Bearish and Bullish COVID Developments: 3 Shots Likely the New Norm

Emerging Markets

Boston – With an August 31 poll showing that two-thirds of organizations have delayed office re-openings because of COVID-19 variants, let’s look at this week’s health policy responses and the bearish or bullish developments related to the pandemic.

Health policy responses

  • Israel is planning to administer a fourth COVID-19 shot that could be adjusted to fight variant strains. The country’s COVID czar says people should expect to receive a vaccine every five to six months. Despite having 63% of its population double-vaccinated, Israel is experiencing twice as many cases per capita as the U.S. However, hospitalizations are half that of the U.S.


  • Social gatherings and interactions at work in Singapore were prohibited beginning September 8. Although over 80% of the country’s population has been vaccinated, there has been a rise in community transmission.


  • Nearly four dozen individuals in the U.K. who were deliberately infected with COVID-19 will receive $8,300 each to participate in the human challenge trials.


  • Some airlines, mostly in Europe, are requiring surgical masks or respirators. Airlines cited the lower efficacy and lack of standardization of cloth masks.


  • With Dr. Fauci defending COVID vaccine boosters, saying 3 shots will “likely” be the new norm, experts are debating whether to call the third dose a booster or the final dose.


  • USA Today reported that at least 1,000 schools in 35 states have already closed for in-person learning since the start of the school year due to COVID-19 outbreaks.


  • Florida will start issuing $5,000 fines to businesses, schools and government agencies that require people to show proof of a COVID-19 vaccination. A Democratic challenger to the Governor said this is “an insult to the free market principles that he claims to champion.”


  • As of August 31, 66% of organizations are delaying office re-openings due to COVID variants, according to a Gartner survey. For example, Google pushed its mandatory return to office date from September 2021 into 2022, with specific RTO policies customized to countries and offices after January 10.


  • In a Willis Towers Watson survey polling nearly 1,000 companies that together employ almost 10 million: 
    • 52% plan to have vaccine mandates by the end of the year (including 21% that already do).
    • 78% plan to track employees’ vaccination status (55% already do).
    • 17% are considering health insurance premium rewards or surcharges to encourage vaccination (2% already do).

Bearish virus developments

  • Intensive care unit update: In Oregon, only 50 of the state’s 638 ICU beds were still available. Central Texas, which includes Austin, ran out of ICU beds this weekend. And Alabama is short 181 ICU beds, which means dozens of patients are being forced to wait in emergency rooms or other parts of hospitals, according to the New York Times.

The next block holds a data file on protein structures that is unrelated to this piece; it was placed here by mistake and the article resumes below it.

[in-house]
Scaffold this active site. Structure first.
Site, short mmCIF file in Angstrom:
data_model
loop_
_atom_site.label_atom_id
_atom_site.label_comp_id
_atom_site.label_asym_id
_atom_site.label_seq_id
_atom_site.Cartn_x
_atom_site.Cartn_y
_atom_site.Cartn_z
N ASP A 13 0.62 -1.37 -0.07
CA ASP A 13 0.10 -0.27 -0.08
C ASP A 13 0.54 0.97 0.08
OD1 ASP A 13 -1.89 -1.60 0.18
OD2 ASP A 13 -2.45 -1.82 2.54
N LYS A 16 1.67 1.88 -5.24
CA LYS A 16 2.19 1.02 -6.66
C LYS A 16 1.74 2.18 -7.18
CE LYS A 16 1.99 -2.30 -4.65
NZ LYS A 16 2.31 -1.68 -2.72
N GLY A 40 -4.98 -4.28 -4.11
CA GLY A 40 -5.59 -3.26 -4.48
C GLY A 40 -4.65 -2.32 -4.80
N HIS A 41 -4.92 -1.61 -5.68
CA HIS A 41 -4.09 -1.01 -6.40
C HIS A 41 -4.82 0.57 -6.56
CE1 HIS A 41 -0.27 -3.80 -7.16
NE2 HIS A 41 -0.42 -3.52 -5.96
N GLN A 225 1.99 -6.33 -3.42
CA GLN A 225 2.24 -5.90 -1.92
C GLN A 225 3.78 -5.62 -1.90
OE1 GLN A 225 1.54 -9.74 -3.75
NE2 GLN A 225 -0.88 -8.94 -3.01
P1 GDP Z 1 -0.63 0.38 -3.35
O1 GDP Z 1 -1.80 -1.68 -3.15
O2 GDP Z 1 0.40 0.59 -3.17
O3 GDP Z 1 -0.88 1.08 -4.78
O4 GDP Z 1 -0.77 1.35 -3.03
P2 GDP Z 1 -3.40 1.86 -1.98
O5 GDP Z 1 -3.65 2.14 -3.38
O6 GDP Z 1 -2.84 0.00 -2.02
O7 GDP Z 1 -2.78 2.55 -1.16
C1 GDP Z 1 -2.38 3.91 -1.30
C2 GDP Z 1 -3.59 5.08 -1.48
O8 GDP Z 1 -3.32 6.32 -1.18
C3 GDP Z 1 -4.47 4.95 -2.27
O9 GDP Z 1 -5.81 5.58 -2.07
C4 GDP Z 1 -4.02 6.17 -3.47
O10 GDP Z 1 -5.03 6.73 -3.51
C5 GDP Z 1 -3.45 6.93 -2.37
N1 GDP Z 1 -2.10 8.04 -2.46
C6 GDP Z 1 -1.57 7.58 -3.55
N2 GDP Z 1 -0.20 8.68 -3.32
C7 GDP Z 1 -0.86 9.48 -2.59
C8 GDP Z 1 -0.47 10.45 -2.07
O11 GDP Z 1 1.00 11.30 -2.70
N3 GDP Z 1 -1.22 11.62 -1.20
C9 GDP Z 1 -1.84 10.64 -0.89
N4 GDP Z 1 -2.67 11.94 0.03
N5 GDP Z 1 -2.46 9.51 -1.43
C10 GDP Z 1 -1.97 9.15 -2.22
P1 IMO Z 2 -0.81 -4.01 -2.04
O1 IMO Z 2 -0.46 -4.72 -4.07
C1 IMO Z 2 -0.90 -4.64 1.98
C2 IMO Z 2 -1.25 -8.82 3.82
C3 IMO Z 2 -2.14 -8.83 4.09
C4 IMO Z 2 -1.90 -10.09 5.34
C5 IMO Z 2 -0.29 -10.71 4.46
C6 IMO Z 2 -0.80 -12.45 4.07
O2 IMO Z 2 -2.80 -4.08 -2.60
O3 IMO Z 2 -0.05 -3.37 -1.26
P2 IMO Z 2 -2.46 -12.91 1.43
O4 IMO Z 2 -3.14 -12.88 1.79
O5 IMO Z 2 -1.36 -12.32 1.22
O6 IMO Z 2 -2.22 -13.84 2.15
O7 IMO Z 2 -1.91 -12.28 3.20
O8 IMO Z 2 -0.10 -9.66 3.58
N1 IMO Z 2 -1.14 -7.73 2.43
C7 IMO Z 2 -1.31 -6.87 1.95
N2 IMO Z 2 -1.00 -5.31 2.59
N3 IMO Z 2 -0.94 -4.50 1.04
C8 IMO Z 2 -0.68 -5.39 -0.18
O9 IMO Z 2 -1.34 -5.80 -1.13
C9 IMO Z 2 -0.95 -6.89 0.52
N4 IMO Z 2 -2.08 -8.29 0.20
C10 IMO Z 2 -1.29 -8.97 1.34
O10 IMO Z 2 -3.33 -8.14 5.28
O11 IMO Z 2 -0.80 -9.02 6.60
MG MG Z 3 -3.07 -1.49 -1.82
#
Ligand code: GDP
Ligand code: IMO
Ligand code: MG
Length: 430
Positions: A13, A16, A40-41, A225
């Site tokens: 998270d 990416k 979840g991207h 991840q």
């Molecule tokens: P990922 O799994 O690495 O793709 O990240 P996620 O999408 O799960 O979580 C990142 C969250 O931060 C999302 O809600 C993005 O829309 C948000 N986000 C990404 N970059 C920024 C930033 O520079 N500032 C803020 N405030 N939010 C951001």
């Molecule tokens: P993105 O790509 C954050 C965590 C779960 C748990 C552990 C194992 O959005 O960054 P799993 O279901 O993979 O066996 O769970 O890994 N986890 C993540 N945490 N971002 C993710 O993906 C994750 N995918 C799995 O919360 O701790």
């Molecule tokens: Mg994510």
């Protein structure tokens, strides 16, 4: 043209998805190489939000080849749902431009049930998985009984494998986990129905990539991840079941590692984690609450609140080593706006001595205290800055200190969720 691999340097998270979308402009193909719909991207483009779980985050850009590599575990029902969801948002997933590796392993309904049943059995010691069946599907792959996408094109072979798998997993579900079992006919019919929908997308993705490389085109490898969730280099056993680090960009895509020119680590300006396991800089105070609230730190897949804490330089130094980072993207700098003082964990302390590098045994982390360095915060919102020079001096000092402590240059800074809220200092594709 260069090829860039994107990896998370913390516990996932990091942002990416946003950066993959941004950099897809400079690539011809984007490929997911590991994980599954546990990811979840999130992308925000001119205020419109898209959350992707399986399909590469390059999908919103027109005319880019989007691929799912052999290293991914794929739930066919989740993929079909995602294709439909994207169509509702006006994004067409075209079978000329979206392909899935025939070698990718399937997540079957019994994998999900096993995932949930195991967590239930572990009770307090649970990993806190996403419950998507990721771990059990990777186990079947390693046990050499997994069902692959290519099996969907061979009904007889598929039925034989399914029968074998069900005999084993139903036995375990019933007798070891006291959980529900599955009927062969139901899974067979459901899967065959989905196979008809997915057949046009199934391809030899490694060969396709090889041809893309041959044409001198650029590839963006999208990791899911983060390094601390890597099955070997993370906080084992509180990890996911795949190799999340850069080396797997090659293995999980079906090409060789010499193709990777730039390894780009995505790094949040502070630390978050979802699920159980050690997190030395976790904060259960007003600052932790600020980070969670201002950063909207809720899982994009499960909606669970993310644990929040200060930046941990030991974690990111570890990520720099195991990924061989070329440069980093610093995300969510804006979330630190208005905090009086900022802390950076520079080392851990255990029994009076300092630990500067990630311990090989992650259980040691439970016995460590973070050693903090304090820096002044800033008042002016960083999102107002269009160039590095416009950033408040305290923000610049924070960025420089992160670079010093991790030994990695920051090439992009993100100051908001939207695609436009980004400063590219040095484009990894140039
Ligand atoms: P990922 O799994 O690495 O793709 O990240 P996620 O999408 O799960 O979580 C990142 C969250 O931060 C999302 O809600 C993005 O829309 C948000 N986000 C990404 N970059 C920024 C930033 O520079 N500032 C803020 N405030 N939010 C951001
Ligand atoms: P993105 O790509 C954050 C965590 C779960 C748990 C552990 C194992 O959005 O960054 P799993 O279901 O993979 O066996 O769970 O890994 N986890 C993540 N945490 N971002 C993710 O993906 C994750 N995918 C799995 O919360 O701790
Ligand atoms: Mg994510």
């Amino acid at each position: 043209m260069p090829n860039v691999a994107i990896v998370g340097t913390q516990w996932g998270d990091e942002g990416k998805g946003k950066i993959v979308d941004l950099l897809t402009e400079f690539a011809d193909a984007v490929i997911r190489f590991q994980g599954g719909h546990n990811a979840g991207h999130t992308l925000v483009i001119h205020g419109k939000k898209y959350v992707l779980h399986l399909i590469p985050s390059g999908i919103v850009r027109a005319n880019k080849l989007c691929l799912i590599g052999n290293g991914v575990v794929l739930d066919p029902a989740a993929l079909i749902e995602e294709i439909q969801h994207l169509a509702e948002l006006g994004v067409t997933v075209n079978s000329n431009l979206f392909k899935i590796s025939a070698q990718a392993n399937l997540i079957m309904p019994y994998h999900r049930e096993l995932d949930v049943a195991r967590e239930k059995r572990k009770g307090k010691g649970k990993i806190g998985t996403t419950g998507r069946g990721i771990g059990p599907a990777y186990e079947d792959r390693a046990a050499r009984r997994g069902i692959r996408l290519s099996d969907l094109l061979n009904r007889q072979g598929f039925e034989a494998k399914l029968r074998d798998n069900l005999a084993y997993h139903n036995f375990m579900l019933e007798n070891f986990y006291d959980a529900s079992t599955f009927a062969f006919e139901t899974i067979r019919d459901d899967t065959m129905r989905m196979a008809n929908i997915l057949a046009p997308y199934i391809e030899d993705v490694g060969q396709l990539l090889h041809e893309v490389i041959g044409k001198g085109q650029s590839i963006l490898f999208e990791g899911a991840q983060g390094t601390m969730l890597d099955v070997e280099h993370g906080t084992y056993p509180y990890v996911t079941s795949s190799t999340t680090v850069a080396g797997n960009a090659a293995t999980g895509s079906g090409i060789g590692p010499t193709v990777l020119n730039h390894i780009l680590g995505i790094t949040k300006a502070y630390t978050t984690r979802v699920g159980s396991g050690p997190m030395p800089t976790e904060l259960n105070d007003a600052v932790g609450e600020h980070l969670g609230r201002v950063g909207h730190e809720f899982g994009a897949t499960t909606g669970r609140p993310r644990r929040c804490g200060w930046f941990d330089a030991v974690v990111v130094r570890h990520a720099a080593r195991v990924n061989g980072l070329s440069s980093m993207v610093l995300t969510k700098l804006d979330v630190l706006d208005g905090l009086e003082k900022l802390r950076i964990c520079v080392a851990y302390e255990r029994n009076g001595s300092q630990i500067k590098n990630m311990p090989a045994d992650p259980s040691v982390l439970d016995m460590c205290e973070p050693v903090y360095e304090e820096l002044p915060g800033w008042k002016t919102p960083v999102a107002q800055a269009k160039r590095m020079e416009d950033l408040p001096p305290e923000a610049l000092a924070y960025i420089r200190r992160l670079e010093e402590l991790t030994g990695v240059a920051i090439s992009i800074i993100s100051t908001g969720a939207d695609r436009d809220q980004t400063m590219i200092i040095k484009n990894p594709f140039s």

• A Science Advances research article notes that the Alpha, Beta and Gamma variants can, to some extent, evade immune response, as measured by sharp reductions in the binding kinetics (ability) of neutralizing antibodies.


  • The Washington Post provided FAQs on the Mu variant first identified in Colombia in January 2021. Health officials believe Mu is even more transmissible than the Delta variant and has the potential to resist vaccines. Approximately 2,000 Mu variant cases have been detected in the U.S. across 49 states.


  • Results from a new study reveal that nerve fiber loss and increased dendritic cells on the cornea may help to identify long COVID.

Bullish virus developments

  • Dr. Fauci said the Mu variant is “not at all even close to being dominant.” Well-regarded scientist Trevor Bedford says the Mu variant will soon be displaced by Delta.


  • Breakthrough COVID cases in Massachusetts are about 40% of infections. However, unvaccinated people are 74% of hospitalizations, despite the unvaccinated accounting for only 33% of the state’s total population.


  • Based on CDC data through September 7, cases appear to have peaked in the U.S.

Economic and other developments

  • Mike Ryan, executive director of the World Health Organization’s Health Emergencies Program, thinks “This virus is here to stay with us and it will evolve like influenza pandemic viruses.”


  • A very small study got statistically significant results suggesting that people who live on the coastline are less likely to catch COVID-19. The thesis is that salt air helps keep the nasal passage moist. The authors note that wearing a mask also hydrates the airway. Respiratory infections are believed to transmit more efficiently when the nasal passage is dry.


  • U.S. residents are not legally allowed to know which variant gave them COVID-19. According to Business Insider, that is because genome sequencing has not been federally approved.


  • Analysis in the New York Times indicates that the odds of the average vaccinated American contracting COVID-19 are about one in 5,000 per day — a 1% chance over a seven-week period, or 7.5% chance in a year at current COVID incident rates.


  • An oxygen shortage forced a Texas refinery to shut part of a unit. Executives cited increased medical demand for the gas.


  • Video game companies that moved to remote work during the pandemic had more delays in new products than before the pandemic, while those that worked in person did not. Research suggests that “weak ties” — colleagues with whom you do not work closely — may be important to creativity and innovation.


Source of all data: Eaton Vance Research as of September 9, 2021 unless otherwise specified.

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